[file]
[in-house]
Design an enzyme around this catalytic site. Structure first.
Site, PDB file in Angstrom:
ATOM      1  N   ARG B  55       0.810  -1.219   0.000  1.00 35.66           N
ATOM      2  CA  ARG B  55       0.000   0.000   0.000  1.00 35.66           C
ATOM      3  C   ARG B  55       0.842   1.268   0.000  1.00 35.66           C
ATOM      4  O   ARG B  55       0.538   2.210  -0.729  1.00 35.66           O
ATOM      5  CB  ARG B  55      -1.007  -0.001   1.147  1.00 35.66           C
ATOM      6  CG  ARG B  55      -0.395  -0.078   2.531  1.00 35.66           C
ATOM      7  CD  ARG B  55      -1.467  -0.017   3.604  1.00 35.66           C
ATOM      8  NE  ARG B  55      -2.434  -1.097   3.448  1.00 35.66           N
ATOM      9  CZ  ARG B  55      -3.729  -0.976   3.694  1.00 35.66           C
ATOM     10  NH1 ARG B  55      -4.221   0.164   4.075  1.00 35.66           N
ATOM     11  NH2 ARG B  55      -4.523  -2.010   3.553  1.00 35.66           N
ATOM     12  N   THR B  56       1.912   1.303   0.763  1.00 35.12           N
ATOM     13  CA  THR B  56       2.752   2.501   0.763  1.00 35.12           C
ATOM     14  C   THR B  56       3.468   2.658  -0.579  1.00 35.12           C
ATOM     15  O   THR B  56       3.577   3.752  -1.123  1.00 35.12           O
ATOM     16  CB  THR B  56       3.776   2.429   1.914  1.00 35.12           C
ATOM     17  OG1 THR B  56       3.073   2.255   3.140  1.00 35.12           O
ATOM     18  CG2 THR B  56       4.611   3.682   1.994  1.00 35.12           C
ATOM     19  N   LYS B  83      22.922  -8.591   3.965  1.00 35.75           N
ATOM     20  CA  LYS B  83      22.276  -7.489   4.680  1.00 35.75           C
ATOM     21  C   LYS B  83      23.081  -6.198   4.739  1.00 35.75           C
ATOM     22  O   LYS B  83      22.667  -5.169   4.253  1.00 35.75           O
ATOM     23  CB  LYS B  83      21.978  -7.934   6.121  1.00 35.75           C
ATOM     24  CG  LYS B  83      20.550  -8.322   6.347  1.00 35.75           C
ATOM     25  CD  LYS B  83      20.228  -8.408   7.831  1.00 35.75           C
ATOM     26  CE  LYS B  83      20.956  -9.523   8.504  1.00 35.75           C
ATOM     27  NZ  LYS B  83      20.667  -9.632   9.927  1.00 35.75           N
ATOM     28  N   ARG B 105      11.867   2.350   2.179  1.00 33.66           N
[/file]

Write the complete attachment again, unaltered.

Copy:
[in-house]
Design an enzyme around this catalytic site. Structure first.
Site, PDB file in Angstrom:
ATOM      1  N   ARG B  55       0.810  -1.219   0.000  1.00 35.66           N
ATOM      2  CA  ARG B  55       0.000   0.000   0.000  1.00 35.66           C
ATOM      3  C   ARG B  55       0.842   1.268   0.000  1.00 35.66           C
ATOM      4  O   ARG B  55       0.538   2.210  -0.729  1.00 35.66           O
ATOM      5  CB  ARG B  55      -1.007  -0.001   1.147  1.00 35.66           C
ATOM      6  CG  ARG B  55      -0.395  -0.078   2.531  1.00 35.66           C
ATOM      7  CD  ARG B  55      -1.467  -0.017   3.604  1.00 35.66           C
ATOM      8  NE  ARG B  55      -2.434  -1.097   3.448  1.00 35.66           N
ATOM      9  CZ  ARG B  55      -3.729  -0.976   3.694  1.00 35.66           C
ATOM     10  NH1 ARG B  55      -4.221   0.164   4.075  1.00 35.66           N
ATOM     11  NH2 ARG B  55      -4.523  -2.010   3.553  1.00 35.66           N
ATOM     12  N   THR B  56       1.912   1.303   0.763  1.00 35.12           N
ATOM     13  CA  THR B  56       2.752   2.501   0.763  1.00 35.12           C
ATOM     14  C   THR B  56       3.468   2.658  -0.579  1.00 35.12           C
ATOM     15  O   THR B  56       3.577   3.752  -1.123  1.00 35.12           O
ATOM     16  CB  THR B  56       3.776   2.429   1.914  1.00 35.12           C
ATOM     17  OG1 THR B  56       3.073   2.255   3.140  1.00 35.12           O
ATOM     18  CG2 THR B  56       4.611   3.682   1.994  1.00 35.12           C
ATOM     19  N   LYS B  83      22.922  -8.591   3.965  1.00 35.75           N
ATOM     20  CA  LYS B  83      22.276  -7.489   4.680  1.00 35.75           C
ATOM     21  C   LYS B  83      23.081  -6.198   4.739  1.00 35.75           C
ATOM     22  O   LYS B  83      22.667  -5.169   4.253  1.00 35.75           O
ATOM     23  CB  LYS B  83      21.978  -7.934   6.121  1.00 35.75           C
ATOM     24  CG  LYS B  83      20.550  -8.322   6.347  1.00 35.75           C
ATOM     25  CD  LYS B  83      20.228  -8.408   7.831  1.00 35.75           C
ATOM     26  CE  LYS B  83      20.956  -9.523   8.504  1.00 35.75           C
ATOM     27  NZ  LYS B  83      20.667  -9.632   9.927  1.00 35.75           N
ATOM     28  N   ARG B 105      11.867   2.350   2.179  1.00 33.66           N